Wednesday, August 24, 2011

The Manifesto -- Part Two

Objectives, Goals, Processes

One of the major themes in Chapter One of Effective Church Operational Systems is stated thus, “The objective is not church growth or parishioner involvement in activities of the parish alone. The objective is personal transformation of individuals in Christian growth and maturity which in turn leads to congregational health and growth. If people are not growing as disciples of Christ, the number of ‘bucks and bodies’ matters very little. The activities of the parish, including worship service attendance and financial giving, are only means to that more important end.” (My emphases throughout.)

Remember the word 'transformation'. It is used over and over and over throughout the thesis. Again, we need to try and understand the ideas undergirding this statement, which on the surface, are altruistic. It is important that Catholics experience growth and maturity in their faith. At issue is how that happens, and what is meant by ‘personal transformation’.

For Protestants, spiritual growth and maturity primarily come from Scripture study and application, prayer, fellowship at worship services, and doing good works. The sacraments are either absent or occur infrequently.  As understood by Catholics, the presence of Christ Jesus in Body and Blood is absent in Protestant worship services.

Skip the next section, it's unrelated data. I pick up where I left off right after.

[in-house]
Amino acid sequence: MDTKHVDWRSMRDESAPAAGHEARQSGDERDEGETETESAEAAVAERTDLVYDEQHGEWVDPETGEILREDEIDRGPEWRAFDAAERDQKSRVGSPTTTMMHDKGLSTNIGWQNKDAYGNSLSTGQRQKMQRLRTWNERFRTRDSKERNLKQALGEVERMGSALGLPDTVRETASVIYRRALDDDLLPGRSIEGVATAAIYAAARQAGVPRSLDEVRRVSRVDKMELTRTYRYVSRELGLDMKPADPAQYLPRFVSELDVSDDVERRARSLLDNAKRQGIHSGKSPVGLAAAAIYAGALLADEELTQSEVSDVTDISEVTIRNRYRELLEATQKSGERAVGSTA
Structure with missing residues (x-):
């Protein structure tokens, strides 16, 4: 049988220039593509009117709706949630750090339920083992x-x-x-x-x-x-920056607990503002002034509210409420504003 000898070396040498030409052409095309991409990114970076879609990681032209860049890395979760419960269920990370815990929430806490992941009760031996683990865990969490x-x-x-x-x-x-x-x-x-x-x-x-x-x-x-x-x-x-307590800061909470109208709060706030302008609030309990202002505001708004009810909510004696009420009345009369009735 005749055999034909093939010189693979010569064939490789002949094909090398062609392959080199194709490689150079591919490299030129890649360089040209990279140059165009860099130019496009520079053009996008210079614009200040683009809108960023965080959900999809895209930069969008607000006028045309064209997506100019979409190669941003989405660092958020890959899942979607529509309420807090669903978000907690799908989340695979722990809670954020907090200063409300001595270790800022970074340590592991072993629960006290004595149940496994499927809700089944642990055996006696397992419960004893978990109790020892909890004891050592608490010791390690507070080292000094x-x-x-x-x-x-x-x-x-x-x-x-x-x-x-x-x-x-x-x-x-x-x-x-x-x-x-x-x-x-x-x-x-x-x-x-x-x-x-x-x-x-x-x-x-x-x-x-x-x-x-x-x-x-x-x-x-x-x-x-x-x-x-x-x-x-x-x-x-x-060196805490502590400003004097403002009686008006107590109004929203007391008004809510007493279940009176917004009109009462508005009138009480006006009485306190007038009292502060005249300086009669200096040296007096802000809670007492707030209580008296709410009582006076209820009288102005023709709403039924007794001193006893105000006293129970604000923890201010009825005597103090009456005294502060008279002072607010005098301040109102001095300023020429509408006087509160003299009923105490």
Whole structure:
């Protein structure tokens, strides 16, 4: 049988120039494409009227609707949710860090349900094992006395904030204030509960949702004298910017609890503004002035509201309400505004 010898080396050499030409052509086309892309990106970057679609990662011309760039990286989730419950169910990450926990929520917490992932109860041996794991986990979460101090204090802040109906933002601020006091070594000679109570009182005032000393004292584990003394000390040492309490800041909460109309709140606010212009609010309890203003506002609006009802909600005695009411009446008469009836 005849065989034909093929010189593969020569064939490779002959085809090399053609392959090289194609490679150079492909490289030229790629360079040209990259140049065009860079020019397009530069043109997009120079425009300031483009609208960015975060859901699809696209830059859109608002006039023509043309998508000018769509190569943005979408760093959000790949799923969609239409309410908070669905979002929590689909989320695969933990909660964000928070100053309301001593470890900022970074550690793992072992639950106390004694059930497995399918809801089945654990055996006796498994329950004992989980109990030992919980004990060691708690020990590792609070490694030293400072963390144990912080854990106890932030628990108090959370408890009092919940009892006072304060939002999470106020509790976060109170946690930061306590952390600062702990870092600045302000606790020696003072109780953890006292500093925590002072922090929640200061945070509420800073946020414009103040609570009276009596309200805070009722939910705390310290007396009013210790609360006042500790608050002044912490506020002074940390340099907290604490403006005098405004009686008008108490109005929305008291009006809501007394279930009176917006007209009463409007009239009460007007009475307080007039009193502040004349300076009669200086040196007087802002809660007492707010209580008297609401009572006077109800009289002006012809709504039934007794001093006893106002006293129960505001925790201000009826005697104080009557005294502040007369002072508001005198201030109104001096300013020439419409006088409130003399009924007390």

The mass cannot ever be explained or defined as a “worship service” akin to other Christian sects. It is possible that Deacon Dean had in mind the audience of his professors when writing the thesis, but the differences between a Protestant worship service and a Catholic mass cannot be overemphasized —and the two must not be conflated.

Let me quote from a booklet titled “101 Questions About The Mass” published by Thy Kingdom Come, Inc. This small treatise is very helpful in giving a short overview of the mass. Questions 13 and 14:

13) Is the Mass a Sacrament?
The Sacrament of the Eucharist is at the center of the Mass. In the Mass, Christ emanates, communicates, and radiates supernatural grace. This happens objectively in every Mass – for the whole world including all the persons in the world and all the souls in Purgatory. For those who are present and participating at Mass, the Sacrament of the Eucharist and the Mass bestows upon them grace in accordance with their proper disposition and active participation.

14) Is it true that the more I participate in Mass, the more grace I will receive for myself and for others?
Yes, the more we participate in Mass with faith and devotion, the more grace we receive. Every Mass is a source of countless graces that are so needed today. For this reason, daily Mass is strongly encouraged. St. Leonard said that, except for daily Mass on the thousands of altars around the world, the human race would long ago have been destroyed because of its sins. This can be said even more so in our day, with its crisis of faith and escalation of sin. A Mass well participated in can change the world and greatly help other persons and the souls in Purgatory.